Thursday, June 17, 2021

Ken Paxton Shoulda Hired a Legal Philosopher

Joseph Fishkin

It has been a morning of overlapping consensus at the Supreme Court: in both California v. Texas and Fulton v. Philadelphia, the Justices found their way to a broad (7-2 or 9-0) resolution of questions far narrower than what the plaintiffs in these lawsuits had hoped to win from a far-right court.

In the case of California v. Texas—and what an appropriate name for what is essentially a purely partisan lawsuit, the latest long-shot effort to unravel the Affordable Care Act through judicial activism rather than legislation—the Court simply found that the plaintiffs had no standing. This is fairly plausible. How, exactly, is somebody “injured” by the language in the ACA that says, yes you have to purchase insurance, but no, there will be no penalty if you don’t?

The plaintiffs’ best answer was this. Look, people are actually motivated to obey the law. At least some people. And some people will understand the ACA, despite the zeroing out of the penalty, as a “mandate” that they must purchase insurance. Therefore, some “small number” of people might conceivably buy insurance which they would not otherwise have bought, absent this language in the statute (the “mandate”). (The “small number” phrase comes from a sentence in a CBO report, which was actually saying, at _most_ this is going to be a small number, and we’re not sure who or how many if any.) Plaintiff states like Texas claim that as long as SOMEONE in Texas is buying insurance who otherwise would not have, Texas has to pay some money, which would give it standing. This argument also seems to me fairly plausible.

What the Court holds in California v. Texas is basically that the plaintiffs here didn’t offer any actual evidence that anybody is changing their behavior in response to the penalty-less mandate. Maybe someone somewhere is indeed buying insurance who wouldn’t otherwise. (Suppose there’s someone whose specific situation leaves them exactly in equipoise about insurance vs no insurance, with all the substantial benefits and costs balancing out, so that the thing that finally pushes them over the line to buy it is the penalty-less mandate—and their desire to obey the law as they understand it. It’s a big country; surely there are some people like that somewhere?) But the plaintiffs simply did not prove that anybody is doing this, Justice Breyer writes for the seven-Justice majority. “Nor does it explain why they might do so.” (italics in original)

That last sentence caught me. It seems that these plaintiffs were sorely in need of a legal philosopher! It takes some argument and explanation (perhaps also some evidence would be nice, but at the very least, an argument, not offered by the plaintiffs here) for why it is that people—at least a “small number”—might not be like Justice Oliver Wendell Holmes’ bad man—that is, why people might believe that we have good reason to obey the law, even when we know for sure that there will be no negative consequences of disobeying it. For a tiny fraction of the taxpayer dollars Texas and the other red states blew on this wildly ill-conceived challenge, they could have hired an empirical philosopher to study whether people in their states in fact say they are more likely to buy insurance, because they want to follow the mandate. It would be interesting to know the results of such a study; that way Texas AG Ken Paxton and his allies could at least marginally advance human knowledge, in their Quixotic quest to sicken and kill thousands of Texas citizens by throwing them off their health insurance plans and returning to the days of denials of coverage for pre-existing conditions.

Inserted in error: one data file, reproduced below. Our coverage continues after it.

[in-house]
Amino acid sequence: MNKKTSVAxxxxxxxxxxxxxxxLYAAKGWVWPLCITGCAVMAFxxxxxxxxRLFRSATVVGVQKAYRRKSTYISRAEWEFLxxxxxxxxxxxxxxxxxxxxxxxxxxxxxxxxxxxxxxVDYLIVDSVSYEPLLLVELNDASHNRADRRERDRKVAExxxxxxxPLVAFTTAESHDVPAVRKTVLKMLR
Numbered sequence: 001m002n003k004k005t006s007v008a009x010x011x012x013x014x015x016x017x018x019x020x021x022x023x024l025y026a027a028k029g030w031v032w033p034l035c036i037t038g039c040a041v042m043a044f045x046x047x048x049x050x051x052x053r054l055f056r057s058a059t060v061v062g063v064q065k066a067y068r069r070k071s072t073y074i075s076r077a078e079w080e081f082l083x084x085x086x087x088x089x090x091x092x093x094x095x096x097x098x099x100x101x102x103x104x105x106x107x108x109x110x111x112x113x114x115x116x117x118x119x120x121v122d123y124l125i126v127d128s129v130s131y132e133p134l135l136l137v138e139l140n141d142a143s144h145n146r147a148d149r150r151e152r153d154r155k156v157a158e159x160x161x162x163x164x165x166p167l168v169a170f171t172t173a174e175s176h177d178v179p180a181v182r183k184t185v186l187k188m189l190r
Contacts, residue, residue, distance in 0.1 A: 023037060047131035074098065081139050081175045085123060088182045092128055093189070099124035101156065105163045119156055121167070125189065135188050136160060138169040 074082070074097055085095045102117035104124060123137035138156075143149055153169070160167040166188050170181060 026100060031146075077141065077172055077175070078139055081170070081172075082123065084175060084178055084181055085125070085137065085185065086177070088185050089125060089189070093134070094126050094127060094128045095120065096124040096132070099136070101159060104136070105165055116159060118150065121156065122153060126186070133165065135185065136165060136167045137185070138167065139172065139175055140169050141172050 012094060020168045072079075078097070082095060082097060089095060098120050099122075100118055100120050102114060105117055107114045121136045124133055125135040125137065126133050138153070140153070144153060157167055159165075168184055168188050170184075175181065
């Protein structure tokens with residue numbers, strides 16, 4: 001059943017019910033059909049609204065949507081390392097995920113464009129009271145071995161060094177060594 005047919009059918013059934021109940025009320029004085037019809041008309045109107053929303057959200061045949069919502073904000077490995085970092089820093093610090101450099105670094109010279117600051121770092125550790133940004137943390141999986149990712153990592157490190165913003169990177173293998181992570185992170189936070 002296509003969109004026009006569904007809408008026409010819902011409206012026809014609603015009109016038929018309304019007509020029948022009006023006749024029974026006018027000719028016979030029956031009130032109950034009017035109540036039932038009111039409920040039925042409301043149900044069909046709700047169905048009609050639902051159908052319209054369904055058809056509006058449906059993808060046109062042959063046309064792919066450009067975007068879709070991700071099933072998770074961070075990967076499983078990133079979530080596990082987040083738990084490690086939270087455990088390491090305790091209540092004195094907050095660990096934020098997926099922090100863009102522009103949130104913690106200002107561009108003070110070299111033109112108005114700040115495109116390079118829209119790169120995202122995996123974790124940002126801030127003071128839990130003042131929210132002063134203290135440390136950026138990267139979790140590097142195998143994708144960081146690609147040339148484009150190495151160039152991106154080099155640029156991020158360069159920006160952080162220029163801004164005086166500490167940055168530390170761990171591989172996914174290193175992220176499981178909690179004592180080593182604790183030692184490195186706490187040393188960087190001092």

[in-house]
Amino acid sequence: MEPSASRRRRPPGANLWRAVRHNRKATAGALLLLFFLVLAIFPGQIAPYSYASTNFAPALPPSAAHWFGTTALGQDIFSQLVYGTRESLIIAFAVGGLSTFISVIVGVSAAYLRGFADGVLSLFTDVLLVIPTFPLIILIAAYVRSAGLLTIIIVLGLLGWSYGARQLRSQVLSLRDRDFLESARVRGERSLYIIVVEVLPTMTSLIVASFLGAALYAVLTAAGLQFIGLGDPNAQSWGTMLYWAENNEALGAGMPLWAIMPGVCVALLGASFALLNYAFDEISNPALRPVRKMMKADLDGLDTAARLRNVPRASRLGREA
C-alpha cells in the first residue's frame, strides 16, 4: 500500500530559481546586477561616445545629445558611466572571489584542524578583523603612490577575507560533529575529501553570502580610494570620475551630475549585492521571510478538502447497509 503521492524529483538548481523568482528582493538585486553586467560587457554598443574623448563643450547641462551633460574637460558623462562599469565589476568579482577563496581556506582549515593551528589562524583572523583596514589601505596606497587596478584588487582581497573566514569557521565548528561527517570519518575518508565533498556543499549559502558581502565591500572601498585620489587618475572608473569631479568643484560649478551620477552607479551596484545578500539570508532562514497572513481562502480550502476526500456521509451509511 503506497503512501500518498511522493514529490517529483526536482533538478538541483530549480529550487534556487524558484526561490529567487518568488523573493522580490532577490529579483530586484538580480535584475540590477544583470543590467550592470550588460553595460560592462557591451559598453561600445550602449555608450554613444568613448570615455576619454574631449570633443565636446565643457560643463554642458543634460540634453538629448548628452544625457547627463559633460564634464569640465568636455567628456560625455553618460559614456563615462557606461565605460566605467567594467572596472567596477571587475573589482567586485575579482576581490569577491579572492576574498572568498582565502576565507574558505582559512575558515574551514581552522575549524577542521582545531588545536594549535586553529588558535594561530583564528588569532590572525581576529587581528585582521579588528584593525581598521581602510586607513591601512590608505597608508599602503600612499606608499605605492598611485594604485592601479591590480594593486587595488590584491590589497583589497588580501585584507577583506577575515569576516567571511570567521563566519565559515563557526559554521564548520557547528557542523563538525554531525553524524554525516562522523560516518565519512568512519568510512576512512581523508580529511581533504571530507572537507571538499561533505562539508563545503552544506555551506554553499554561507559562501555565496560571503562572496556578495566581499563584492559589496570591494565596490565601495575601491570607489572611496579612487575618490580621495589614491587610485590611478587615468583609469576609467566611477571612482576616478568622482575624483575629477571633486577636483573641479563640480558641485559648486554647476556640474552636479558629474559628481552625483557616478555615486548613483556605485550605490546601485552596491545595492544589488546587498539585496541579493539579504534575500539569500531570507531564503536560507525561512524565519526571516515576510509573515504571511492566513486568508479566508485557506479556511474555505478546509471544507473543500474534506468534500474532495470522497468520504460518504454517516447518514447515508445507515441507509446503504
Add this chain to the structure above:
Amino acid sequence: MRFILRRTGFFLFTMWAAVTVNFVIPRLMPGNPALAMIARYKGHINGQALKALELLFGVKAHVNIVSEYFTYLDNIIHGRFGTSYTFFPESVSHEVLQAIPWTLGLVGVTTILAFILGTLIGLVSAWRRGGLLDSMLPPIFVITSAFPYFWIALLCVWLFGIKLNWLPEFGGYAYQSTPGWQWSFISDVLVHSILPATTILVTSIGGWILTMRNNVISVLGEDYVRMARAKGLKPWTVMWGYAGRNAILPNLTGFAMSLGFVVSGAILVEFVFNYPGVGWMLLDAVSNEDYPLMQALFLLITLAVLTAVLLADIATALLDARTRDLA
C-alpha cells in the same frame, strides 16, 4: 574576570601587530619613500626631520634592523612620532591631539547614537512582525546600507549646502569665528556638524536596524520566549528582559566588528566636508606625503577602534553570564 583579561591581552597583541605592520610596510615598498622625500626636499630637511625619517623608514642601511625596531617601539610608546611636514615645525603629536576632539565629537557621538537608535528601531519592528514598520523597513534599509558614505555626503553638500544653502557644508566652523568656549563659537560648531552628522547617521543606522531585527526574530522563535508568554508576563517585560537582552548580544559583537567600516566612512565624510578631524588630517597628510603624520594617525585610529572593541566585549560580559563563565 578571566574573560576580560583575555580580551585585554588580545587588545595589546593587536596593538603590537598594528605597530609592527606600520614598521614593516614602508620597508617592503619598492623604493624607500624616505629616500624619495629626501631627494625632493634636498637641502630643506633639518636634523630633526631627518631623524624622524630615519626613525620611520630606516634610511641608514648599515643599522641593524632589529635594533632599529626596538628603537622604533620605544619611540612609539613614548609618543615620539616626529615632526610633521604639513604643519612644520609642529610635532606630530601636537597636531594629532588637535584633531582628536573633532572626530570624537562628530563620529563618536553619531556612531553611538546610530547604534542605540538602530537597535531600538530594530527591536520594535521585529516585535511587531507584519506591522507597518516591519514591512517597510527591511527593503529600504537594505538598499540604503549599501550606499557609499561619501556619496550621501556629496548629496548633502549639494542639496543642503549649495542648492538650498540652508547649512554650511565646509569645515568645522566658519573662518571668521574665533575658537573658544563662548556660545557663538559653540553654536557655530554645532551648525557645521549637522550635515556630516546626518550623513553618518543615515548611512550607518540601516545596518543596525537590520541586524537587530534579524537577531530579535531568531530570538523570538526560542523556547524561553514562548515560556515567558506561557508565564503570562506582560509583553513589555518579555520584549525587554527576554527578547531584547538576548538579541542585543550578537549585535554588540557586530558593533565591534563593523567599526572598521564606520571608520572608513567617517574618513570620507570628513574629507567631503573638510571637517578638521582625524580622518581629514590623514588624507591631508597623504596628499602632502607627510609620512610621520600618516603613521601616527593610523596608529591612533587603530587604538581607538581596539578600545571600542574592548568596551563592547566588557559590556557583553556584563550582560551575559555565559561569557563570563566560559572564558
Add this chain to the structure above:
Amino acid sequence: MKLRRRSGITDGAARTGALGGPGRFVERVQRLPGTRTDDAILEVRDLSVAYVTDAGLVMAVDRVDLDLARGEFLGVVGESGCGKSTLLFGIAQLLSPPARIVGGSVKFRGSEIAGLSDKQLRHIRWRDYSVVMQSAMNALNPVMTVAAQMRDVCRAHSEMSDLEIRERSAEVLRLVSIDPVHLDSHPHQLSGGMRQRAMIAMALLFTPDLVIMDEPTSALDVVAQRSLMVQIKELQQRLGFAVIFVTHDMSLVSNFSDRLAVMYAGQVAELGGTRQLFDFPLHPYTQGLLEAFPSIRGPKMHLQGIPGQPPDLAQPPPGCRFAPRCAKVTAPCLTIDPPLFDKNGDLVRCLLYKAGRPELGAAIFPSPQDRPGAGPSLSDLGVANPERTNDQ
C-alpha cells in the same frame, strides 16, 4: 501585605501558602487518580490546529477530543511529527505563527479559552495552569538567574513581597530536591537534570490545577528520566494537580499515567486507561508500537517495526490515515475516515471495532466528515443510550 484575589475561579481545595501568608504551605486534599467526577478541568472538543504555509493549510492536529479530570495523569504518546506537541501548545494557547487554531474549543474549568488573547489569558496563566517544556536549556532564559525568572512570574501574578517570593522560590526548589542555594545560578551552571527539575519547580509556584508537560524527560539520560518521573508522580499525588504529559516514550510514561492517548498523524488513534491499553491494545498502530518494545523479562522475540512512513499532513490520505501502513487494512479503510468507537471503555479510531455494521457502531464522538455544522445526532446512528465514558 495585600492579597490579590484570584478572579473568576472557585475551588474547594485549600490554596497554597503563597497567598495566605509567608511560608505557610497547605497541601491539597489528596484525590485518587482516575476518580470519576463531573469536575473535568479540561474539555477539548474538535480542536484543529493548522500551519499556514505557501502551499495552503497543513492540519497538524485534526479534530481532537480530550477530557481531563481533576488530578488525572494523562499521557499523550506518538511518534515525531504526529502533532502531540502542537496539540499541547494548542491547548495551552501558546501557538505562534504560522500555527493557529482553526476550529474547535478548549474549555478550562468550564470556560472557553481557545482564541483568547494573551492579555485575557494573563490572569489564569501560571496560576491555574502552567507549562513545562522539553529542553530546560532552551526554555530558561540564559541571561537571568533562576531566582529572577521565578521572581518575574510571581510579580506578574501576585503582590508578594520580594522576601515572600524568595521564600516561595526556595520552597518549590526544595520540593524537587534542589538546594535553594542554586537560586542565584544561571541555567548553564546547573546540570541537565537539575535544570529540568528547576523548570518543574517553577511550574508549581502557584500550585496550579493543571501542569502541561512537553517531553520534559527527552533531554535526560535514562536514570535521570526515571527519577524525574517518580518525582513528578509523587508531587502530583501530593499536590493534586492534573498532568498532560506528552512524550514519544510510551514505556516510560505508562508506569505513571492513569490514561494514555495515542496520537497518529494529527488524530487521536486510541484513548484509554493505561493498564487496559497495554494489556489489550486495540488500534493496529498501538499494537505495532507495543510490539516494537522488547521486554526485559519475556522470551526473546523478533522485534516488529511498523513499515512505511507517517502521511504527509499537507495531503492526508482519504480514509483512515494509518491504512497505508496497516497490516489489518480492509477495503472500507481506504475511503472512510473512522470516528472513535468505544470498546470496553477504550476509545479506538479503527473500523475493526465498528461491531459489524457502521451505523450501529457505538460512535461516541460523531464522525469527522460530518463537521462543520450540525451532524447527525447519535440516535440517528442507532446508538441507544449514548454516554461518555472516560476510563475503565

To be very clear here: if the Court had held that plaintiffs did have standing, the plaintiffs should certainly have lost anyway, and one would hope the vote would have been at least 7-2, because the plaintiffs’ severability argument was hopelessly, pathetically bad. However, instead of a fight about that, the Court chose a simpler approach. Standing was, as usual, a completely discretionary doctrine that allowed the Court to choose whether to pursue the rest of an argument, or not, depending on the Court’s internal politics or any other factor.

The Court’s approach won a broad consensus. (Justice Thomas was fully and unambiguously on board as vote #7, writing separately only to trash the ACA on unrelated grounds and rehash past dissents in other cases.) The Court’s approach avoided the need to say anything about the Commerce Clause—and for that we can all be grateful! But it does have the odd effect of elevating the Holmesian bad man to a kind of default, so that a party trying to argue that people are not like that needs some evidence or argument for “why.” Perhaps the Texas AG’s office should immediately invest in some CLE in legal philosophy. That certainly would be a better use of their time and money than filing lawsuits like this one—especially from the perspective of the beleaguered citizens of Texas, who, by and large, just want their health insurance.

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